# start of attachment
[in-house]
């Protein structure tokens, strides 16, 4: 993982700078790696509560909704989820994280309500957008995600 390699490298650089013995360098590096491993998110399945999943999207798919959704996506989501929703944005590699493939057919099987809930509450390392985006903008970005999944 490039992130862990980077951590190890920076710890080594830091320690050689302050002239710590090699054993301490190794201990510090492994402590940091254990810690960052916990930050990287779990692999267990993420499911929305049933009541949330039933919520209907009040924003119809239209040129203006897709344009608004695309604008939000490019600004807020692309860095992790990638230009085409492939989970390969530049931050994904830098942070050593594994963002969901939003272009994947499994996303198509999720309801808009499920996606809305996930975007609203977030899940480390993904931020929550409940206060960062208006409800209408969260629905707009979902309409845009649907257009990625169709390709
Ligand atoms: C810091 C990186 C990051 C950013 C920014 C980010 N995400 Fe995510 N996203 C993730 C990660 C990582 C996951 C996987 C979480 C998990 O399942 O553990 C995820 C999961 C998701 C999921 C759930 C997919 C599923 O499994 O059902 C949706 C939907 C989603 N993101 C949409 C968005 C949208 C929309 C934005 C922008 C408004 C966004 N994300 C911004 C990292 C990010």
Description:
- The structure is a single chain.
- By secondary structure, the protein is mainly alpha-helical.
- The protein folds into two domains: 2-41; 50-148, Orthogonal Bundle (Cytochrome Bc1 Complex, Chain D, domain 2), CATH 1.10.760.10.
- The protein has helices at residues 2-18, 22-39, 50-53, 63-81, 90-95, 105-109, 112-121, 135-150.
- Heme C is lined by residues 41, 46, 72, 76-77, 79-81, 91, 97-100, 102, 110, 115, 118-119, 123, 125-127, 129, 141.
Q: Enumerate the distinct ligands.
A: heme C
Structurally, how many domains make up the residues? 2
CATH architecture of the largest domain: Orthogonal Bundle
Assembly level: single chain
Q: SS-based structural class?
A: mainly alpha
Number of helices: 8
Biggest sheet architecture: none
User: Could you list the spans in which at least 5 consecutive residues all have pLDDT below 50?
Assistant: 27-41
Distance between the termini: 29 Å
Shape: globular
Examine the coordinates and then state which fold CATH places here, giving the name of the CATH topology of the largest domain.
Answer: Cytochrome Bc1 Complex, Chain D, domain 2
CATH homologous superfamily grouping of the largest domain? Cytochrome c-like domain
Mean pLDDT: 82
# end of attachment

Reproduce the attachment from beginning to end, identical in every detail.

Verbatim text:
[in-house]
């Protein structure tokens, strides 16, 4: 993982700078790696509560909704989820994280309500957008995600 390699490298650089013995360098590096491993998110399945999943999207798919959704996506989501929703944005590699493939057919099987809930509450390392985006903008970005999944 490039992130862990980077951590190890920076710890080594830091320690050689302050002239710590090699054993301490190794201990510090492994402590940091254990810690960052916990930050990287779990692999267990993420499911929305049933009541949330039933919520209907009040924003119809239209040129203006897709344009608004695309604008939000490019600004807020692309860095992790990638230009085409492939989970390969530049931050994904830098942070050593594994963002969901939003272009994947499994996303198509999720309801808009499920996606809305996930975007609203977030899940480390993904931020929550409940206060960062208006409800209408969260629905707009979902309409845009649907257009990625169709390709
Ligand atoms: C810091 C990186 C990051 C950013 C920014 C980010 N995400 Fe995510 N996203 C993730 C990660 C990582 C996951 C996987 C979480 C998990 O399942 O553990 C995820 C999961 C998701 C999921 C759930 C997919 C599923 O499994 O059902 C949706 C939907 C989603 N993101 C949409 C968005 C949208 C929309 C934005 C922008 C408004 C966004 N994300 C911004 C990292 C990010």
Description:
- The structure is a single chain.
- By secondary structure, the protein is mainly alpha-helical.
- The protein folds into two domains: 2-41; 50-148, Orthogonal Bundle (Cytochrome Bc1 Complex, Chain D, domain 2), CATH 1.10.760.10.
- The protein has helices at residues 2-18, 22-39, 50-53, 63-81, 90-95, 105-109, 112-121, 135-150.
- Heme C is lined by residues 41, 46, 72, 76-77, 79-81, 91, 97-100, 102, 110, 115, 118-119, 123, 125-127, 129, 141.
Q: Enumerate the distinct ligands.
A: heme C
Structurally, how many domains make up the residues? 2
CATH architecture of the largest domain: Orthogonal Bundle
Assembly level: single chain
Q: SS-based structural class?
A: mainly alpha
Number of helices: 8
Biggest sheet architecture: none
User: Could you list the spans in which at least 5 consecutive residues all have pLDDT below 50?
Assistant: 27-41
Distance between the termini: 29 Å
Shape: globular
Examine the coordinates and then state which fold CATH places here, giving the name of the CATH topology of the largest domain.
Answer: Cytochrome Bc1 Complex, Chain D, domain 2
CATH homologous superfamily grouping of the largest domain? Cytochrome c-like domain
Mean pLDDT: 82